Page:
An FAQ will be a great addition to your topics but it also requires strong technical writing skills. Here, I’ll provide some key tips that help you build an effective FAQ.
Make Sure They Are Actually Frequently Asked
You should keep in mind that FAQ pages are not a place where you share some tips because your boss asks you to create an FAQ. It is important to remember that an FAQ exists to answer your customers most common questions, not just to tell random things. That’s why, you should do a research to keep your questions on-topic and customer-focused.
For example, as a technical writer, you can interview your support team to learn what your customers frequently ask. Moreover, if your help authoring tool provides internal statistics, you can examine search queries report to learn what your customers are interested mostly.
Use ‘I’s for Questions
Usually, FAQs include questions written in the first person, and there is a reason for that. To understand it, just compare the following examples and choose the one that sounds more appealing:
“How can I style my content?”
“How can you style your content?”
They’re both the same, but if you want to create a user-oriented FAQ, you should think like a user, you’re much likely to go with the first option and not with the second. The first question format works better because it matches users thoughts and how they actually think through the query.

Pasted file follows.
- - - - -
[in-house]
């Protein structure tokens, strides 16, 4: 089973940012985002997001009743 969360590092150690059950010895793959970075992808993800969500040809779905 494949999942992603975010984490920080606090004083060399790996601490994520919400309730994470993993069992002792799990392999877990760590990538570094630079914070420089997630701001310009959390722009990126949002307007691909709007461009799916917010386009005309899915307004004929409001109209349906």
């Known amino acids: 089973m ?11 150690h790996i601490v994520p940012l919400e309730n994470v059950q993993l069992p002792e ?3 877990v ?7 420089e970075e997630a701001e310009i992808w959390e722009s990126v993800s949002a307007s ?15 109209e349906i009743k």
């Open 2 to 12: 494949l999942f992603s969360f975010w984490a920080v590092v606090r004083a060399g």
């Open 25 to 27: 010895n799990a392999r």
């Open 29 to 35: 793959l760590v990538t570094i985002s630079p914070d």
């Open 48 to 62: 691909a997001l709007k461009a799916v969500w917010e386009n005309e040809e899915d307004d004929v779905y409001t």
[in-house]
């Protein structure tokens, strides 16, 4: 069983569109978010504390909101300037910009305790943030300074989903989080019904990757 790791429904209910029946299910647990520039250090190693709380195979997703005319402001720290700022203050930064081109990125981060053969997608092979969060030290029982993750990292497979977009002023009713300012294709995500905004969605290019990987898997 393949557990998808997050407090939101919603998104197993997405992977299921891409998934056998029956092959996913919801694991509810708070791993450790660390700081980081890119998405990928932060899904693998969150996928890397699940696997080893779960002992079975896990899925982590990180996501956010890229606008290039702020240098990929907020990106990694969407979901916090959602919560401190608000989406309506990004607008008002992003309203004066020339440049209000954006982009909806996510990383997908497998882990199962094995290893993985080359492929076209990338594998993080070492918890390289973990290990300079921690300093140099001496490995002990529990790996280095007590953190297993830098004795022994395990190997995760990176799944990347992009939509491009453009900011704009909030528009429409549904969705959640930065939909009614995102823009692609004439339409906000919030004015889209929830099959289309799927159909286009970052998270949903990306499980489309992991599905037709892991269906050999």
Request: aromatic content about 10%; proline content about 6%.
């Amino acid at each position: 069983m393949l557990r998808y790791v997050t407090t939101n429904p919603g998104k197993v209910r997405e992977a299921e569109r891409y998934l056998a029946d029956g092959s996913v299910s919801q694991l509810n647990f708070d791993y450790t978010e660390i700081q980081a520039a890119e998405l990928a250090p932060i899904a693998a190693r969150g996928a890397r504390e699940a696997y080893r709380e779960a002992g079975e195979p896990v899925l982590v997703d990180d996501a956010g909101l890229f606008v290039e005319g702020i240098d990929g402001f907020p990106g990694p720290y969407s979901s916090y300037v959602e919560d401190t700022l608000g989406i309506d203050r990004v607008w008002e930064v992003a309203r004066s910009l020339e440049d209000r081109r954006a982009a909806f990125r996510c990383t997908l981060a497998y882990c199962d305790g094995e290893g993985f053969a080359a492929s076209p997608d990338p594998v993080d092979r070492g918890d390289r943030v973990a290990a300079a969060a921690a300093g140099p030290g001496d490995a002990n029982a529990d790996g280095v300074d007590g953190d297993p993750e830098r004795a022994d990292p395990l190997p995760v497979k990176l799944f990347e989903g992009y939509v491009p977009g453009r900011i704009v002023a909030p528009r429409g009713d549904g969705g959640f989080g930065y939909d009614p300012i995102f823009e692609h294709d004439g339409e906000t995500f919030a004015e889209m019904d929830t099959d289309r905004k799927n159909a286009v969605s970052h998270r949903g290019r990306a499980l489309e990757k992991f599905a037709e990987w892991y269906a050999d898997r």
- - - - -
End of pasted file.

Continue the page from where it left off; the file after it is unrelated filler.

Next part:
Here is a good example of the FAQ questions set.
Start with a Question Word
As you can notice, FAQ lists consist of questions with answers because it’s the most convenient form of providing additional information since people ask your support team about something (like ‘How can I style my content?’) but they don’t use statements (like ‘Style my content’). So, it’s better to start each point with a question word: what, how, where, can and so on.
Write for Your Users
An FAQ is an important part of your documentation along with topics because it gives additional information and helps to reduce the time that a support team spends on answering. That’s why the rule ‘write clearly and concisely’ works here too. An FAQ should not contain jargon or technical terms because it should speak the users language.
If you’re a technical writer, you already know the words and the language your customers use for asking questions. All you need to do is to reflect the same in your FAQs. You can pick words from the user’s support tickets or queries to make your FAQ more effective.
Keep Them Organized
An FAQ can be considered useful if their questions are well grouped and categorized — questions should be broken down into common categories, so visitors can easily find the necessary part.
If your answers are long, it’s better to use show more boxes, so all answers will be hidden and a user can open only the necessary one, so your list will not look messy.
Here is an example:
When you write questions and answers for your FAQs, think like a customer to make connection between your company and clients more effective.